As everyone, I think, knows, buying a house in SoCal (or anywhere in Cal, for that matter) is a very expensive idea. It’s so expensive that, frankly, anyone who buys a house out here ought to be forced into massive therapy and medical examinations prior to the closing to confirm that the purchase is being made by someone who still has at least half a brain and that the half-brain is functioning.
Here are some examples, taken from realtor.com, craigslist.org, and/or the Sunday Union Tribune…
Charming 2BR with garage. $450-475K.
This “charming�? two bedroom has one bath and is a whopping 768 square feet of house. Its whole lot is 2561 square feet. (according to Zillow.com) It’s located in North Park, which, while a great area in many ways (it’s where we used to live), also has more than its share of drugs, whores, tranny-prostitutes, loud cars, and garbage.
Our next fine home is located in our current neighborhood, Clairemont. In fact, it’s just a couple of blocks from our (rental) house. Offered at $625K it is bigger–a 4 bedroom, 2 bath home. On Zillow, we learn that this house is actually one of the larger ones in this neighborhood at 1734 square feet, but still, that makes for over $360 per square foot of house! And, if you look at the pics. it’s not a very pretty house (though it does have a big yard for the area).
So, for just under half a million dollars you can get a tiny house in a “transitional�? area and for a bit over that half a million, you can get an ugly, plain, blah house in a neighborhood that offers, well, not much at all.
Let’s see what $625K can buy you in Columbus, OH. Well, for a little less you can get a 4 bedroom 3.5 bath house on a half-acre lot in Upper Arlington (and look at how many square feet!) or a 4000+ square foot estate on over 2.4 acres near Gahanna.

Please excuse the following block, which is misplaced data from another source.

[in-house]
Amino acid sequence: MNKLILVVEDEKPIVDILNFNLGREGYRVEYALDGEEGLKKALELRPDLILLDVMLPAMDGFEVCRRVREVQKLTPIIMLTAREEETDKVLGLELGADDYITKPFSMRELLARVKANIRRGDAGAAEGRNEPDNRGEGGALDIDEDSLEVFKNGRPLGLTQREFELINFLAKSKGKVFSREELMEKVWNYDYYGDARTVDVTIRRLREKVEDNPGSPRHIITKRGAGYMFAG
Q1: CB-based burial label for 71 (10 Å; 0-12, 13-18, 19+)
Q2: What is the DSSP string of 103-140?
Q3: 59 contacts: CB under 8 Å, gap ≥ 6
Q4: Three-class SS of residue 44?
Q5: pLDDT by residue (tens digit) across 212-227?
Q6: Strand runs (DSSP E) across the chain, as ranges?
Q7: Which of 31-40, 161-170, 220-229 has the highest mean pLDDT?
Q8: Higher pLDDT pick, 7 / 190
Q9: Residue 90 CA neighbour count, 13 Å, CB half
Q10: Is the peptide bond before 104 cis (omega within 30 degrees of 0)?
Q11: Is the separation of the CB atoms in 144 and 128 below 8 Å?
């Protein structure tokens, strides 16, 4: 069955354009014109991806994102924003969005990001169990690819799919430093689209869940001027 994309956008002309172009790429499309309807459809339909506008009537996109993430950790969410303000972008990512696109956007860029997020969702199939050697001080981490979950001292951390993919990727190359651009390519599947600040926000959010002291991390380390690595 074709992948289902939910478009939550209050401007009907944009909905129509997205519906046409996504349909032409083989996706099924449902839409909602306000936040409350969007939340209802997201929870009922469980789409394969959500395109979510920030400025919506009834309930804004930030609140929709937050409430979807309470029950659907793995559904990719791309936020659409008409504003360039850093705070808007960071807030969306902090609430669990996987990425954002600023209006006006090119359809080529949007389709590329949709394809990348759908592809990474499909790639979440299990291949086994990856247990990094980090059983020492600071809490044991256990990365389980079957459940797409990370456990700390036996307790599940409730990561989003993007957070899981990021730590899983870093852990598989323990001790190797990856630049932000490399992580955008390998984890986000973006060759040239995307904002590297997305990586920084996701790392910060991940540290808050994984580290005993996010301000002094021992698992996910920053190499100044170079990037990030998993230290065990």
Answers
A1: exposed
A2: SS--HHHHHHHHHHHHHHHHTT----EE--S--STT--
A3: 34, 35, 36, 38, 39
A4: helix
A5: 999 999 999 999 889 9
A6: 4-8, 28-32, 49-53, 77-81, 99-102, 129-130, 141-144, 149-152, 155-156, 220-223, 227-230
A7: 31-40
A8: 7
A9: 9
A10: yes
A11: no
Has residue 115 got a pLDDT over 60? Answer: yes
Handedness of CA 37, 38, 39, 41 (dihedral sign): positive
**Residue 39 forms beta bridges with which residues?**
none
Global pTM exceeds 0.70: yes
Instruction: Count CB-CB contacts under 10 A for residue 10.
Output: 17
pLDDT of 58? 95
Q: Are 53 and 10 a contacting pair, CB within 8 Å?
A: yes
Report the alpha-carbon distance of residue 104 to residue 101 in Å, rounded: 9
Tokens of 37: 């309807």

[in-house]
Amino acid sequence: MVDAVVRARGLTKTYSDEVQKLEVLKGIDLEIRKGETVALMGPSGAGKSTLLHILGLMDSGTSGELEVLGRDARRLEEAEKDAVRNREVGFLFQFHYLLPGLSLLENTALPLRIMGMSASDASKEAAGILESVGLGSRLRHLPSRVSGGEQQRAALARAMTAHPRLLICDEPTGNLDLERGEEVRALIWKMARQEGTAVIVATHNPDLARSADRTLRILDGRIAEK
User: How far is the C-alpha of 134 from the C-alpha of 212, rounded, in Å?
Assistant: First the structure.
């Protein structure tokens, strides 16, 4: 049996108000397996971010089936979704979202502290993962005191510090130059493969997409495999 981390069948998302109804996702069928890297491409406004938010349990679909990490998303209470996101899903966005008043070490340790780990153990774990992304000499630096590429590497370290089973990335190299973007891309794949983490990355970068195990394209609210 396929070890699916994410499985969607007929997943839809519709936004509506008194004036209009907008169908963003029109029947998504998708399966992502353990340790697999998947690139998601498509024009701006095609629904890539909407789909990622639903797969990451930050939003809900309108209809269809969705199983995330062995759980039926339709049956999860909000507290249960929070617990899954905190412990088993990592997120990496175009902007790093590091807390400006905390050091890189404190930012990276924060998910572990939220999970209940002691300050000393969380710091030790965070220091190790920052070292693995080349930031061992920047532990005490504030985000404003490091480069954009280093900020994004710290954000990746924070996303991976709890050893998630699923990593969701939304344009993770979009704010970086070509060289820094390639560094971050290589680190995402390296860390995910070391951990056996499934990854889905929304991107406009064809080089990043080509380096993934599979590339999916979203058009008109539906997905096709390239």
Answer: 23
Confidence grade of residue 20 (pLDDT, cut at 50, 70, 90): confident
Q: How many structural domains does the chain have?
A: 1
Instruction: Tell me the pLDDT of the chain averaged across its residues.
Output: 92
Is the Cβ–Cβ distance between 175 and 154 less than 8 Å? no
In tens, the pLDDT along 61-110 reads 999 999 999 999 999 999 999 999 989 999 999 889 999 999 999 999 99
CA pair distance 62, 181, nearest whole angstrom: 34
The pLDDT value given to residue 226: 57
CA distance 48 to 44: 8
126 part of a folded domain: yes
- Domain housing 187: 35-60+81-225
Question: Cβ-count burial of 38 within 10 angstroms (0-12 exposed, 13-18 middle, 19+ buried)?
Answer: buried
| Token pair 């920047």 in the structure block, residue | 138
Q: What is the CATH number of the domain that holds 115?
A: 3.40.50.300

In Atlanta you could get a gem in Virginia Highlands which is a great neighborhood (just ask my brother–he has lived there for years) and still have enough left over to buy a new car.
It just makes me sick. Even if we had the money, we simply couldn’t buy a house out here. It makes no sense to pay the prices they are asking. And those prices don’t even include the property taxes (based on the selling price, btw, so they are HUGE too) and the extra cost to get earthquake insurance (doesn’t come with the incredibly expensive regular home-owner’s policy–and it ain’t cheap itself).
Luckily, for those of us who haven’t bought, it looks like the bubble is about to burst. I follow several housing blogs, and they all seem to be showing the same thing for SoCal–a drive to massively lower prices, increased foreclosures, and generally good things for future buyers.
Take this post, for example:
which quotes a story on how a 77-year old bank now holds all, yes all, of its mortgages as option ARMs. And, 80% of those loans were made with low or no documentation. Now how screwed up is that? Of course, that is the only way anyone (almost) can buy a house out here, but that doesn’t make it a good thing. In fact, this sort of insane banking should lead California right into its own gutter before too long.
Or this one, from a guy who I think must be the last honest realtor in the county: http://www.bubbleinfo.com/journal/2006/4/2/first-quarter.html
which shows how house deals just aren’t closing anymore.
Of course, it is sad to think about people losing their homes. But at the same time, if you are going to take out a loan for around a half-million dollars, wouldn’t you take the time to make sure you understood the way the loan worked?
Which leads me to my last link. This is a letter to a real estate advice columnist. The letter was in the Union Tribune today:
Quote: About a year ago, we bought our home with the help of an adjustable rate mortgage (ARM) at 1.95 percent interest. We knew it would adjust after six months to 4.95 percent interest. That was quite a jump in our monthly payment, but we handled it.
However, when we received the lender’s Internal Revenue Service 1098 year-end report, we learned our mortgage balance has grown by about $7,800. When I called the lender, I was told the increase was “unpaid interest.�? What’s that?
That, my friend, is the sound of you losing your shirt.